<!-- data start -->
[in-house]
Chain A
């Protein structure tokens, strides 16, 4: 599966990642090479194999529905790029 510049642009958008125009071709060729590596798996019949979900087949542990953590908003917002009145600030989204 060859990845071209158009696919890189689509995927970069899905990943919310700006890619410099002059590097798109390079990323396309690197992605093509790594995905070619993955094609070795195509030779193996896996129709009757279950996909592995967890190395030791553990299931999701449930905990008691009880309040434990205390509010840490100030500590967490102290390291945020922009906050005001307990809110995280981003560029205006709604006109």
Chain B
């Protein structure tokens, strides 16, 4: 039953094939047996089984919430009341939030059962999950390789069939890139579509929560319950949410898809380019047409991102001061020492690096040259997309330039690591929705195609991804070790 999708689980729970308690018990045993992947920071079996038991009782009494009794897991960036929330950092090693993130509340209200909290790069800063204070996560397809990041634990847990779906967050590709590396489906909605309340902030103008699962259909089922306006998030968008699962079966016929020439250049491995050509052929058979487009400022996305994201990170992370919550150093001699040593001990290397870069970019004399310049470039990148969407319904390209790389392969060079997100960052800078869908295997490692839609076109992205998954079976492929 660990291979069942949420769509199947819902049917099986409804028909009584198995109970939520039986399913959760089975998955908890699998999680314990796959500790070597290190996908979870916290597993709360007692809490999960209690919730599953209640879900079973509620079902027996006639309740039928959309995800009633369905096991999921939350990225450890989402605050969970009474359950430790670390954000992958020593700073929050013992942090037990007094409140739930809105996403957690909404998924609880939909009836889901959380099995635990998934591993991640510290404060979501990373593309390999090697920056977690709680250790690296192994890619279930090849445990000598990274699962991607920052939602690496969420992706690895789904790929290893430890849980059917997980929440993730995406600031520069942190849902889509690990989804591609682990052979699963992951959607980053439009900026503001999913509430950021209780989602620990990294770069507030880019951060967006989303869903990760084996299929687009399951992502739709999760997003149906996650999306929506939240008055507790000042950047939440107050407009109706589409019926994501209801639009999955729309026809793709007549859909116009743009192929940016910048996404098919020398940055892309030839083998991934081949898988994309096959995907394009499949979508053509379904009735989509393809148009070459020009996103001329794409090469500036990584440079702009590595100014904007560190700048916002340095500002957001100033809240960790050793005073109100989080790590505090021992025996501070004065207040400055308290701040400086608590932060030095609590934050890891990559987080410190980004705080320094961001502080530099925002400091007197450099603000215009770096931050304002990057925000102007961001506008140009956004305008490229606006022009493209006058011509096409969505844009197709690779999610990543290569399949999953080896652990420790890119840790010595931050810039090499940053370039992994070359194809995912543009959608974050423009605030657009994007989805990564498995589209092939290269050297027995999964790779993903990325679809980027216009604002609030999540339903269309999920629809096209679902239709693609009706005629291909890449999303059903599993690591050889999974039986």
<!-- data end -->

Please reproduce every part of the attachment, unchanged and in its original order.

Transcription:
[in-house]
Chain A
């Protein structure tokens, strides 16, 4: 599966990642090479194999529905790029 510049642009958008125009071709060729590596798996019949979900087949542990953590908003917002009145600030989204 060859990845071209158009696919890189689509995927970069899905990943919310700006890619410099002059590097798109390079990323396309690197992605093509790594995905070619993955094609070795195509030779193996896996129709009757279950996909592995967890190395030791553990299931999701449930905990008691009880309040434990205390509010840490100030500590967490102290390291945020922009906050005001307990809110995280981003560029205006709604006109």
Chain B
């Protein structure tokens, strides 16, 4: 039953094939047996089984919430009341939030059962999950390789069939890139579509929560319950949410898809380019047409991102001061020492690096040259997309330039690591929705195609991804070790 999708689980729970308690018990045993992947920071079996038991009782009494009794897991960036929330950092090693993130509340209200909290790069800063204070996560397809990041634990847990779906967050590709590396489906909605309340902030103008699962259909089922306006998030968008699962079966016929020439250049491995050509052929058979487009400022996305994201990170992370919550150093001699040593001990290397870069970019004399310049470039990148969407319904390209790389392969060079997100960052800078869908295997490692839609076109992205998954079976492929 660990291979069942949420769509199947819902049917099986409804028909009584198995109970939520039986399913959760089975998955908890699998999680314990796959500790070597290190996908979870916290597993709360007692809490999960209690919730599953209640879900079973509620079902027996006639309740039928959309995800009633369905096991999921939350990225450890989402605050969970009474359950430790670390954000992958020593700073929050013992942090037990007094409140739930809105996403957690909404998924609880939909009836889901959380099995635990998934591993991640510290404060979501990373593309390999090697920056977690709680250790690296192994890619279930090849445990000598990274699962991607920052939602690496969420992706690895789904790929290893430890849980059917997980929440993730995406600031520069942190849902889509690990989804591609682990052979699963992951959607980053439009900026503001999913509430950021209780989602620990990294770069507030880019951060967006989303869903990760084996299929687009399951992502739709999760997003149906996650999306929506939240008055507790000042950047939440107050407009109706589409019926994501209801639009999955729309026809793709007549859909116009743009192929940016910048996404098919020398940055892309030839083998991934081949898988994309096959995907394009499949979508053509379904009735989509393809148009070459020009996103001329794409090469500036990584440079702009590595100014904007560190700048916002340095500002957001100033809240960790050793005073109100989080790590505090021992025996501070004065207040400055308290701040400086608590932060030095609590934050890891990559987080410190980004705080320094961001502080530099925002400091007197450099603000215009770096931050304002990057925000102007961001506008140009956004305008490229606006022009493209006058011509096409969505844009197709690779999610990543290569399949999953080896652990420790890119840790010595931050810039090499940053370039992994070359194809995912543009959608974050423009605030657009994007989805990564498995589209092939290269050297027995999964790779993903990325679809980027216009604002609030999540339903269309999920629809096209679902239709693609009706005629291909890449999303059903599993690591050889999974039986």